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Publication numberUS3998296 A
Publication typeGrant
Application numberUS 05/613,769
Publication dateDec 21, 1976
Filing dateSep 15, 1975
Priority dateJul 2, 1971
Publication number05613769, 613769, US 3998296 A, US 3998296A, US-A-3998296, US3998296 A, US3998296A
InventorsTrevor N. James
Original AssigneeFord Motor Company
Export CitationBiBTeX, EndNote, RefMan
External Links: USPTO, USPTO Assignment, Espacenet
Anti-rattle spring for a motor vehicle disc brake
US 3998296 A
Abstract
An anti-rattle spring for a motor vehicle disc brake. The brake has an anchor plate secured to a wheel support member. A brake caliper is slidably supported on the anchor and straddles a brake rotor. The caliper is constructed to urge a pair of brake shoes into engagement with the braking surfaces of the rotor. One of the brake shoes is slidably supported on the anchor and the other brake shoe is secured to the caliper. A unique anti-rattle spring is interposed between the one brake shoe and the anchor.
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Claims(6)
I claim:
1. In a disc brake having a rotor including a pair of opposed friction faces, a torque member disposed adjacent said rotor and having a pair of opposed inner edges, a friction element slidably mounted on said torque member and having portions adjacent each of said inner edges, and actuating means for urging said friction element into engagement with one of said friction faces, anti-rattle means comprising:
a resilient body portion disposed between one of said inner edges and a corresponding portion of said friction element, the resiliencey of said body portion yieldably urging said friction element toward the other inner edge;
retaining means extending from one edge of said body portion and engaging said torque member;
resilient means yieldably maintaining said retaining means in engagement with said torque member to lock said anti-rattle means in place;
said retaining means including lug means extending from said one edge of said body portion to engage one side of said torque member;
said resilient means extending from another edge of said body portion and engaging the other side of said torque member, whereby said resilient means yieldably maintains said lug means in engagement with said one side of said torque member; and
lug means extending from said another edge of said body portion and adapted to engage said other side of said torque member.
2. In a disc brake having a rotor including a pair of opposed friction faces, a torque member disposed adjacent said rotor and having a pair of opposed inner edges, a friction element slidably mounted on said torque member and having portions adjacent each of said inner edges, and actuating means for urging said friction element into engagement with one of said friction faces, anti-rattle means comprising:
a resilient body portion disposed between one of said inner edges and a corresponding portion of said friction element, the resiliency of said body portion yieldably urging said friction element toward the other inner edge;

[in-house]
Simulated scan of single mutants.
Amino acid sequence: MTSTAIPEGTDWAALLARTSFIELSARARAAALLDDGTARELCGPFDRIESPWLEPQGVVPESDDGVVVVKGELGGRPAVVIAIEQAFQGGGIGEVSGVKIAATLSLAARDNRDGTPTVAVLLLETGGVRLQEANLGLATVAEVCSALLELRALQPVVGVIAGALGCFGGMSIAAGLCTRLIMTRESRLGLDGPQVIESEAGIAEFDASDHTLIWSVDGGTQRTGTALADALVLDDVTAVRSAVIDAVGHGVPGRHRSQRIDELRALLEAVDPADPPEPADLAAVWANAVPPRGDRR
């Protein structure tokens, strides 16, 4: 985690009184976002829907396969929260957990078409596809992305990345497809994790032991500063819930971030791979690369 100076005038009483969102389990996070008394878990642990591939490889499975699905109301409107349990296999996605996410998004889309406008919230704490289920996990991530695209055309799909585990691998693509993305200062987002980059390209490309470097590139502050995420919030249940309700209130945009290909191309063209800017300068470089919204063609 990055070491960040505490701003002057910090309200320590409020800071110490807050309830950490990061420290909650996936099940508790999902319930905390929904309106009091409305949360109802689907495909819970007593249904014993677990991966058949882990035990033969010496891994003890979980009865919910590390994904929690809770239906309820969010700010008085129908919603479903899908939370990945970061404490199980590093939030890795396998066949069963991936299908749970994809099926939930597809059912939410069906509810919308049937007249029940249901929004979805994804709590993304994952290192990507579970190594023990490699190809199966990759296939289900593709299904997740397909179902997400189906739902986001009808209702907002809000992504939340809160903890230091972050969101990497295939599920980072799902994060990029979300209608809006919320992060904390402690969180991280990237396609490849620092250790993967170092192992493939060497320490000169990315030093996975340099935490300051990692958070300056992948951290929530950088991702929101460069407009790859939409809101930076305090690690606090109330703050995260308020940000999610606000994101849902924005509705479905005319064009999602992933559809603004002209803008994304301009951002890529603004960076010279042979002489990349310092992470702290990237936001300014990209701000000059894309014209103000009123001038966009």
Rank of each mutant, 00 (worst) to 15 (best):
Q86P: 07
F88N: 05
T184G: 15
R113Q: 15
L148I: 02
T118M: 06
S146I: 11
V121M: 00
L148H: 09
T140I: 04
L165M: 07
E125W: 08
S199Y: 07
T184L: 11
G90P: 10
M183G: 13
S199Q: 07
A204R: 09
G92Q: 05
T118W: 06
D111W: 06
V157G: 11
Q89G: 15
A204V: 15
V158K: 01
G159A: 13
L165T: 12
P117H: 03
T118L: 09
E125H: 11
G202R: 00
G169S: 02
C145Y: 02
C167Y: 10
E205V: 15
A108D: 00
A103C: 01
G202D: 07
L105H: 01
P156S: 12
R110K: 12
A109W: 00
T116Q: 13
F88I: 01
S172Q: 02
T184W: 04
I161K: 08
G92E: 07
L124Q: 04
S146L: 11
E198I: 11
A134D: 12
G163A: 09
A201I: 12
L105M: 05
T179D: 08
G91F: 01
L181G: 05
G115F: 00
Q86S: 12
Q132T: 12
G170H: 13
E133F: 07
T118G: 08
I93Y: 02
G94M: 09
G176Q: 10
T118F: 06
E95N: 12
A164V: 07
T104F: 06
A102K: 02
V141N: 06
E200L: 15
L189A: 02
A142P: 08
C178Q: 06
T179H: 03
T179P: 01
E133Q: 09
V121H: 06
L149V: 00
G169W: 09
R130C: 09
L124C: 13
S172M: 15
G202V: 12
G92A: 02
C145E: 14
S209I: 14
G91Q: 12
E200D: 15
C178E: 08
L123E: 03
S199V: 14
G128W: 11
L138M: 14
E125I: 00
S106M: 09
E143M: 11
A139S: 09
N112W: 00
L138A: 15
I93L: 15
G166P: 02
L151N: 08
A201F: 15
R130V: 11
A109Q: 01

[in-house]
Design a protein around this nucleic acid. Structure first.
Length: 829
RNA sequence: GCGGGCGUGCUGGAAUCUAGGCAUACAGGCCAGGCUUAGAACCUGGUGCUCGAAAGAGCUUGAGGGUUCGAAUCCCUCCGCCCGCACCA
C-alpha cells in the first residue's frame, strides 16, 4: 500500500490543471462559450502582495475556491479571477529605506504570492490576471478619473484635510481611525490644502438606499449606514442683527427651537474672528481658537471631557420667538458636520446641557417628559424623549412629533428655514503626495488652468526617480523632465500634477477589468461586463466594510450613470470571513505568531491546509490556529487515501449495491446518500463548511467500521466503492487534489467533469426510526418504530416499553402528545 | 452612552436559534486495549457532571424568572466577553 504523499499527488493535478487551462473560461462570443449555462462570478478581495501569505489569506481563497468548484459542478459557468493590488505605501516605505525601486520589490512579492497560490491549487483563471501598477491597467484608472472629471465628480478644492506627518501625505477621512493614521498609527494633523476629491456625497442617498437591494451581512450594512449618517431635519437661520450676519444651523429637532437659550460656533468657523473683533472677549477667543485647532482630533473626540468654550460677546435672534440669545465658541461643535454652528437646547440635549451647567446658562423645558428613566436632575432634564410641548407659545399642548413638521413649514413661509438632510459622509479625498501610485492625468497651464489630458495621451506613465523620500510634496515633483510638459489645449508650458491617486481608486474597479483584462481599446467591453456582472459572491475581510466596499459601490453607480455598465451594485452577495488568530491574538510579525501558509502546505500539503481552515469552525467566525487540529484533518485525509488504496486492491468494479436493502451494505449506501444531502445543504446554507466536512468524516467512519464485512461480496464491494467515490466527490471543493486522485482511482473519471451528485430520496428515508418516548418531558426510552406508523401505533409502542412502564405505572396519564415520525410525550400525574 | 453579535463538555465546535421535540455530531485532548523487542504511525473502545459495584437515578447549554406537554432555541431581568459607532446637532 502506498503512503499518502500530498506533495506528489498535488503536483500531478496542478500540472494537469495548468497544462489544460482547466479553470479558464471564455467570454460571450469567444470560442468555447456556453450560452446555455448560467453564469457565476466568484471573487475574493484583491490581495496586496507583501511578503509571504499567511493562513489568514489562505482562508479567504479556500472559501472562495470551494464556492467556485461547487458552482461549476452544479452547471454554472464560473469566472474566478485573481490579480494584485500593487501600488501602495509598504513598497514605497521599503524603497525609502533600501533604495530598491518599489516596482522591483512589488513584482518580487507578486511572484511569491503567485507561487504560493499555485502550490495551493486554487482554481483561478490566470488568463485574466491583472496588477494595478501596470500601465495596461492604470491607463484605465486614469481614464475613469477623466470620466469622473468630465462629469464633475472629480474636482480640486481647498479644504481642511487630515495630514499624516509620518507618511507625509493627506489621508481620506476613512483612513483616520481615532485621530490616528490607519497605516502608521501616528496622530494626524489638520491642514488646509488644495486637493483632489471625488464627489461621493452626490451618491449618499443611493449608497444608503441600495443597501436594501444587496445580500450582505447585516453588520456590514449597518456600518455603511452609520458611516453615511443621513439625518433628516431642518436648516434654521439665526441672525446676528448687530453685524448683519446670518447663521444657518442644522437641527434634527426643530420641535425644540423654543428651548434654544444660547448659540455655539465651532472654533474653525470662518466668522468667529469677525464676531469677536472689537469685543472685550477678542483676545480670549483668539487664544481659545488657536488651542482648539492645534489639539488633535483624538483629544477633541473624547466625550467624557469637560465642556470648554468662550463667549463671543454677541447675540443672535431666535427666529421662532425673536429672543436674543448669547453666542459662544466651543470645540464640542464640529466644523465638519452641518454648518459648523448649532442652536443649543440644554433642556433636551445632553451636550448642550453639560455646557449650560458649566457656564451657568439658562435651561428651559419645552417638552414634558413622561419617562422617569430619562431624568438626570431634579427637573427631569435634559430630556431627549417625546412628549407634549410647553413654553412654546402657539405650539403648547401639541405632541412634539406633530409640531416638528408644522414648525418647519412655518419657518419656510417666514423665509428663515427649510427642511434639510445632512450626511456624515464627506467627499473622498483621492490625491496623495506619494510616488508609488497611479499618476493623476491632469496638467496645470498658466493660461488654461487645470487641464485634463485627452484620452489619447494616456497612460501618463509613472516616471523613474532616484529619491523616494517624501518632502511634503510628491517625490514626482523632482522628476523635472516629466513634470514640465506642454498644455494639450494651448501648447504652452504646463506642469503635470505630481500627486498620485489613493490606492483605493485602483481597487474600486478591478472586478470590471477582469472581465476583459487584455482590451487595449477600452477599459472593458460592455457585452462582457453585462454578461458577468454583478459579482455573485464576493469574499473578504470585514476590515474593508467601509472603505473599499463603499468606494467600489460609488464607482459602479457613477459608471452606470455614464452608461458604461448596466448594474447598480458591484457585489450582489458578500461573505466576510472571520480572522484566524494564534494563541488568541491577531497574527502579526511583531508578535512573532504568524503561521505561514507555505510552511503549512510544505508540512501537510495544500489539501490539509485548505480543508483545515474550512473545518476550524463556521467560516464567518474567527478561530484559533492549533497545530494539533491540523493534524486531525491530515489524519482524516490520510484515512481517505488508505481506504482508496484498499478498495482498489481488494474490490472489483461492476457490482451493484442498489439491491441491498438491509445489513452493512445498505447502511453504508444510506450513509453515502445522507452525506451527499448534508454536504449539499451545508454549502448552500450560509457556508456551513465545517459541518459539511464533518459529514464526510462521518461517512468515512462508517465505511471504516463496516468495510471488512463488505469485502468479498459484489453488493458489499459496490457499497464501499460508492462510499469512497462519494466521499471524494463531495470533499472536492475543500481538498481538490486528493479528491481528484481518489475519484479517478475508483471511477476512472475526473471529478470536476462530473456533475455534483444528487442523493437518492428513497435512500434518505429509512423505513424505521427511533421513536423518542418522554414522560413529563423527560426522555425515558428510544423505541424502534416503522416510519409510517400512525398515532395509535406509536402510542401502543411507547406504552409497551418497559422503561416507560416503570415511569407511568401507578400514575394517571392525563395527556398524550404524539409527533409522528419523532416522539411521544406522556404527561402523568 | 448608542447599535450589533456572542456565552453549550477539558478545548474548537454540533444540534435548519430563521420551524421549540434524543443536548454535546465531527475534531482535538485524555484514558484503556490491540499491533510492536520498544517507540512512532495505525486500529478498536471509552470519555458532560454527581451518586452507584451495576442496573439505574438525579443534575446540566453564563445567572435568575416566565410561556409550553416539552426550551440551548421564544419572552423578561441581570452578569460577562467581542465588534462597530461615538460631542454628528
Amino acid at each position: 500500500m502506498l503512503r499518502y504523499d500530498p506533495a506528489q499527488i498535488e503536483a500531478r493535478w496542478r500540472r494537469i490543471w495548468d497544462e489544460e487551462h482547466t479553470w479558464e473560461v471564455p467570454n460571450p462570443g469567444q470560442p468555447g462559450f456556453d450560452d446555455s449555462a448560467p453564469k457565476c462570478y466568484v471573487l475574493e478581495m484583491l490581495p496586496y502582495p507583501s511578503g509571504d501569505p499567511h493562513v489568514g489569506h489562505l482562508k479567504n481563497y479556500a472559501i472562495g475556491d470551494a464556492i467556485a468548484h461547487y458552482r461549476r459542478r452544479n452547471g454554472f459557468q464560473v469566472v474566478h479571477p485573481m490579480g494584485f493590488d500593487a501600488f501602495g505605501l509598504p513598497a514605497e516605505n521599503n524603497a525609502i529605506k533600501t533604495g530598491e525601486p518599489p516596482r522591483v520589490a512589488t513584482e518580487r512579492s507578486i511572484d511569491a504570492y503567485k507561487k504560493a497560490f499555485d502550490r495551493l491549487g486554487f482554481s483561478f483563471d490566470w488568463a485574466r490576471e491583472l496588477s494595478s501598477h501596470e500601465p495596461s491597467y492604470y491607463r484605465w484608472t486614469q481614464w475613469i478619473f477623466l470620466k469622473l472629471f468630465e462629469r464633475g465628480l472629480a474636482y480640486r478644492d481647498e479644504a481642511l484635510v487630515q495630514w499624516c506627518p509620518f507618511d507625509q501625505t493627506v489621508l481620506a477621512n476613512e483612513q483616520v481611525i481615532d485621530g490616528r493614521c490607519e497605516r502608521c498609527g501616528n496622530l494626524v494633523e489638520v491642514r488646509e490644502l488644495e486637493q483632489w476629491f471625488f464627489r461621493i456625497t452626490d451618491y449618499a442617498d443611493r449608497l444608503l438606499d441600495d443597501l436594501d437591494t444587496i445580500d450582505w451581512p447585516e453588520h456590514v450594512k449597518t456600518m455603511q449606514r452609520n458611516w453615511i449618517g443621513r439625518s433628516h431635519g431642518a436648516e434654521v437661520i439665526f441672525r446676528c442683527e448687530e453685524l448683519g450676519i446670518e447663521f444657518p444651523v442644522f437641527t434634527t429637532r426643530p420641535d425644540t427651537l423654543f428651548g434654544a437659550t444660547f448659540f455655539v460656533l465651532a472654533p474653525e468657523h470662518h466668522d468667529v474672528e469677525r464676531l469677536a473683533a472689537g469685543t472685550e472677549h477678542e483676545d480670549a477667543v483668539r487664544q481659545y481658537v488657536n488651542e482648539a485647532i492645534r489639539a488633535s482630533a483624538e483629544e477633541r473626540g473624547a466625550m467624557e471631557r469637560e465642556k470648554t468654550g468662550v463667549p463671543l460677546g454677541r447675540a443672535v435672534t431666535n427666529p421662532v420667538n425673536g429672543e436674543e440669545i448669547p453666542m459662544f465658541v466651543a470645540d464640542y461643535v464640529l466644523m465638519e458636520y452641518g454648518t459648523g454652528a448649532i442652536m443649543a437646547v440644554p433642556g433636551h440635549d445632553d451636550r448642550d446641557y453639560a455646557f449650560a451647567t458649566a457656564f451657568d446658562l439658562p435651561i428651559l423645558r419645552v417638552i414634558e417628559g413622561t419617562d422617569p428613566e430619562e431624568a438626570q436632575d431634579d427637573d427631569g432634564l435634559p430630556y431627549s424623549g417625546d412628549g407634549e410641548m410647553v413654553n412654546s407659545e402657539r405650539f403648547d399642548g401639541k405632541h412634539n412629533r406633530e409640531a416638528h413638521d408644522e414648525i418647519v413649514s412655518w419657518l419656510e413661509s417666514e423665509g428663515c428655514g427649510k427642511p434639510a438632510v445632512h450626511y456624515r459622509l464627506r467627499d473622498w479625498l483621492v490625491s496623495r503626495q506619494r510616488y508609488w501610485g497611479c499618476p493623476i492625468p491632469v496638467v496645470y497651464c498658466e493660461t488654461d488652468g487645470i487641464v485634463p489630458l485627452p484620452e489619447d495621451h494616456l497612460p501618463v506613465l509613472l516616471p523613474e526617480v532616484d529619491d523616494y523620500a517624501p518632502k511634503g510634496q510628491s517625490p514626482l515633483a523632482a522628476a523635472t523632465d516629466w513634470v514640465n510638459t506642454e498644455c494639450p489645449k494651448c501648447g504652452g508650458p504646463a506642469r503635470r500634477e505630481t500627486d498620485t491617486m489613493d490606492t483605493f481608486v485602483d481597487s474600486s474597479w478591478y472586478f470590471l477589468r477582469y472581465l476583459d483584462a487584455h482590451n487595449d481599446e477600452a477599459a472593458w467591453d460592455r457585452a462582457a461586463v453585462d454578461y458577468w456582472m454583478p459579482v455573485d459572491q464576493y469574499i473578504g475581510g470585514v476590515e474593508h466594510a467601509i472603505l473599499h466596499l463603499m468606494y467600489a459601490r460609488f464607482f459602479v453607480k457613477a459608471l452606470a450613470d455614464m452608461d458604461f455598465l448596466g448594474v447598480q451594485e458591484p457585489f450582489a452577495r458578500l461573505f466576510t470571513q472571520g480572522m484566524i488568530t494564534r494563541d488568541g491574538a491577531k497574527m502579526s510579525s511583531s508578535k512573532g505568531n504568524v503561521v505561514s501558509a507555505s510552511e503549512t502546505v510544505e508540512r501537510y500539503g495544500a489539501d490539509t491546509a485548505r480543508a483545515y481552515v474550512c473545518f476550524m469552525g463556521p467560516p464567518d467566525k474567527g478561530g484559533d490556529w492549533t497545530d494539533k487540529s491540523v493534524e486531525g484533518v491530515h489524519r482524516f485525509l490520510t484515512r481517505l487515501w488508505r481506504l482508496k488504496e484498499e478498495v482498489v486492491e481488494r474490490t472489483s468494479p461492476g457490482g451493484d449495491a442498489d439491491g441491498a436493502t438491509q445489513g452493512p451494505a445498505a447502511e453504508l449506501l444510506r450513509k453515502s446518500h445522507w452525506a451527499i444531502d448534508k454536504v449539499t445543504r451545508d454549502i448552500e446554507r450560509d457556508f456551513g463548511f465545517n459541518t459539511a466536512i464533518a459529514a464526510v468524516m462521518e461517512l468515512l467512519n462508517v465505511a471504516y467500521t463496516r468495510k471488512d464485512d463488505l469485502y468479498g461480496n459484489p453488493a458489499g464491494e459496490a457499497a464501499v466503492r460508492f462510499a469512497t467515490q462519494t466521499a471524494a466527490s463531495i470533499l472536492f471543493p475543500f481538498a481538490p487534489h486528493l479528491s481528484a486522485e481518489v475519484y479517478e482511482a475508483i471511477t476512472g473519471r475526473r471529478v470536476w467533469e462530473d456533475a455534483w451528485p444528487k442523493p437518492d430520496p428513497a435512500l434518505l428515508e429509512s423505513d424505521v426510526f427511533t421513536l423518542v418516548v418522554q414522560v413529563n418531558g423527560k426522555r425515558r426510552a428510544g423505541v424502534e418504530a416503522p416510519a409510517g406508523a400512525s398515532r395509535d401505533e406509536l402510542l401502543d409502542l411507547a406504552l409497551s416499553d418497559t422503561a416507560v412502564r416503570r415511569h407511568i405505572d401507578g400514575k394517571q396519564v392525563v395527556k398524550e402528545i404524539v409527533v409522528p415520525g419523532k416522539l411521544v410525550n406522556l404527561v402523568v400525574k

retaining means extending from one edge of said body portion and engaging said torque member;
resilient means yieldably maintaining said retaining means in engagement with said torque member to lock said anti-rattle means in place;
said retaining means including lug means extending from said one edge of said body portion to engage one side of said torque member;
said resilient means extending from another edge of said body portion and engaging the other side of said torque member, whereby said resilient means yieldably maintains said lug means in engagement with said one side of said torque member;
said resilient means being a loop integral with said body portion, said loop engaging said other side of the torque member, said loop deforming as said body portion is moved away from said other side of said torque member whereby the resiliency of said loop yieldably urges said body portion toward said other side of the torque member to thereby yieldably maintain said lug means in engagement with said one side of said torque member;
and lug means extending from said other edge of said body portion and adapted to engage said other side of said torque member.
3. In a disc brake:
a rotor having a pair of opposed friction faces;
a torque member mounted adjacent one of said friction faces having a pair of circumferentially spaced arms defining a recess therebetween;
a friction member slidably mounted in said recess and adapted to engage one of said friction faces;
one of said members having notches provided therein, the other member having projections extending therefrom slidably received within said notches;
actuating means for urging said friction element into frictional engagement with said one friction face;
anti-rattle means including a resilient body portion disposed between the edge of one of said notches and a corresponding projection, retaining means extending from one edge of said body portion and engaging said torque member, and resilient means yieldably urging said body portion transversely of said one notch whereby said retaining means are yieldably maintained in engagement with said torque member to lock said anti-rattle means in place;
said retaining means including lugs extending from one edge of said body portion to engage one side of said torque member;
said resilient means extending from another edge of said body portion and engaging the other side of said torque member, whereby said resilient means yieldably maintains said lug means in engagement with said one side of said torque member; and
lug means extending from said another edge of said body portion and adapted to engage said other side of said torque member.
4. The invention in claim 3;